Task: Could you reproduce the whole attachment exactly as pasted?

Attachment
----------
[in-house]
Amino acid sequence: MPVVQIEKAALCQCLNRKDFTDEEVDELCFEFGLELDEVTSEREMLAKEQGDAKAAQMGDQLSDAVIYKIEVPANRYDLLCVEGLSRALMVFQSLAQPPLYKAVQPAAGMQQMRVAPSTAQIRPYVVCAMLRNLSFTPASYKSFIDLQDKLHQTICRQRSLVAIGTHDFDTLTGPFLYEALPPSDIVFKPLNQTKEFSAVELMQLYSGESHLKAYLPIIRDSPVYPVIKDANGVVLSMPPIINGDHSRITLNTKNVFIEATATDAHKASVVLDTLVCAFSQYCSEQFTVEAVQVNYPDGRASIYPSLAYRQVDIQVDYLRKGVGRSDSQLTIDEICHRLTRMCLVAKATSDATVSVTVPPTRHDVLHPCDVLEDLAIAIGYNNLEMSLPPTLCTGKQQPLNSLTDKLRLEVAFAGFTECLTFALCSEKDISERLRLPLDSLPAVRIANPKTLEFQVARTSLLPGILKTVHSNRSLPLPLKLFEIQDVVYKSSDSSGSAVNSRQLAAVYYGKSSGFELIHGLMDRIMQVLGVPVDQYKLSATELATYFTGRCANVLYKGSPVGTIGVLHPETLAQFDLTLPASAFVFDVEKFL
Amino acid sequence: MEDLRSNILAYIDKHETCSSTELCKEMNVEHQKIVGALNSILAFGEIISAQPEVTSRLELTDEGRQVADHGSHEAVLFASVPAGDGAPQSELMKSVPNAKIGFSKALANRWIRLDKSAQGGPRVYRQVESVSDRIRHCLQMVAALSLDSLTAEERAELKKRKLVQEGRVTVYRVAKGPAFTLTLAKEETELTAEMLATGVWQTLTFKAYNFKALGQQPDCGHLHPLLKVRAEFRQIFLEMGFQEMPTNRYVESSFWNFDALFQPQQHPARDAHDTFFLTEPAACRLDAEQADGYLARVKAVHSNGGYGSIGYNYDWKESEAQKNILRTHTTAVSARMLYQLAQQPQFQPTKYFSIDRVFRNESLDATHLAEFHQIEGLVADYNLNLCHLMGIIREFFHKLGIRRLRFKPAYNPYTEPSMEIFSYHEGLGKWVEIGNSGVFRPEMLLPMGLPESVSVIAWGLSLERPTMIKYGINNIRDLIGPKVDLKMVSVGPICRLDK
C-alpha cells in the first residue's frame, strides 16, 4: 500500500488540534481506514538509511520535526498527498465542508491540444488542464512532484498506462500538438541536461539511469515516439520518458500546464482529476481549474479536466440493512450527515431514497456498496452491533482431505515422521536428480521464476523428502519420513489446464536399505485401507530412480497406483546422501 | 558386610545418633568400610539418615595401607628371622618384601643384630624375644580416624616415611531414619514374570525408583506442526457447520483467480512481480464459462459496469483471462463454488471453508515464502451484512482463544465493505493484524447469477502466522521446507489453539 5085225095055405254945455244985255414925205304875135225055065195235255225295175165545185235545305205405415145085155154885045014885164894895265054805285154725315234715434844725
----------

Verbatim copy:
[in-house]
Amino acid sequence: MPVVQIEKAALCQCLNRKDFTDEEVDELCFEFGLELDEVTSEREMLAKEQGDAKAAQMGDQLSDAVIYKIEVPANRYDLLCVEGLSRALMVFQSLAQPPLYKAVQPAAGMQQMRVAPSTAQIRPYVVCAMLRNLSFTPASYKSFIDLQDKLHQTICRQRSLVAIGTHDFDTLTGPFLYEALPPSDIVFKPLNQTKEFSAVELMQLYSGESHLKAYLPIIRDSPVYPVIKDANGVVLSMPPIINGDHSRITLNTKNVFIEATATDAHKASVVLDTLVCAFSQYCSEQFTVEAVQVNYPDGRASIYPSLAYRQVDIQVDYLRKGVGRSDSQLTIDEICHRLTRMCLVAKATSDATVSVTVPPTRHDVLHPCDVLEDLAIAIGYNNLEMSLPPTLCTGKQQPLNSLTDKLRLEVAFAGFTECLTFALCSEKDISERLRLPLDSLPAVRIANPKTLEFQVARTSLLPGILKTVHSNRSLPLPLKLFEIQDVVYKSSDSSGSAVNSRQLAAVYYGKSSGFELIHGLMDRIMQVLGVPVDQYKLSATELATYFTGRCANVLYKGSPVGTIGVLHPETLAQFDLTLPASAFVFDVEKFL
Amino acid sequence: MEDLRSNILAYIDKHETCSSTELCKEMNVEHQKIVGALNSILAFGEIISAQPEVTSRLELTDEGRQVADHGSHEAVLFASVPAGDGAPQSELMKSVPNAKIGFSKALANRWIRLDKSAQGGPRVYRQVESVSDRIRHCLQMVAALSLDSLTAEERAELKKRKLVQEGRVTVYRVAKGPAFTLTLAKEETELTAEMLATGVWQTLTFKAYNFKALGQQPDCGHLHPLLKVRAEFRQIFLEMGFQEMPTNRYVESSFWNFDALFQPQQHPARDAHDTFFLTEPAACRLDAEQADGYLARVKAVHSNGGYGSIGYNYDWKESEAQKNILRTHTTAVSARMLYQLAQQPQFQPTKYFSIDRVFRNESLDATHLAEFHQIEGLVADYNLNLCHLMGIIREFFHKLGIRRLRFKPAYNPYTEPSMEIFSYHEGLGKWVEIGNSGVFRPEMLLPMGLPESVSVIAWGLSLERPTMIKYGINNIRDLIGPKVDLKMVSVGPICRLDK
C-alpha cells in the first residue's frame, strides 16, 4: 500500500488540534481506514538509511520535526498527498465542508491540444488542464512532484498506462500538438541536461539511469515516439520518458500546464482529476481549474479536466440493512450527515431514497456498496452491533482431505515422521536428480521464476523428502519420513489446464536399505485401507530412480497406483546422501 | 558386610545418633568400610539418615595401607628371622618384601643384630624375644580416624616415611531414619514374570525408583506442526457447520483467480512481480464459462459496469483471462463454488471453508515464502451484512482463544465493505493484524447469477502466522521446507489453539 5085225095055405254945455244985255414925205304875135225055065195235255225295175165545185235545305205405415145085155154885045014885164894895265054805285154725315234715434844725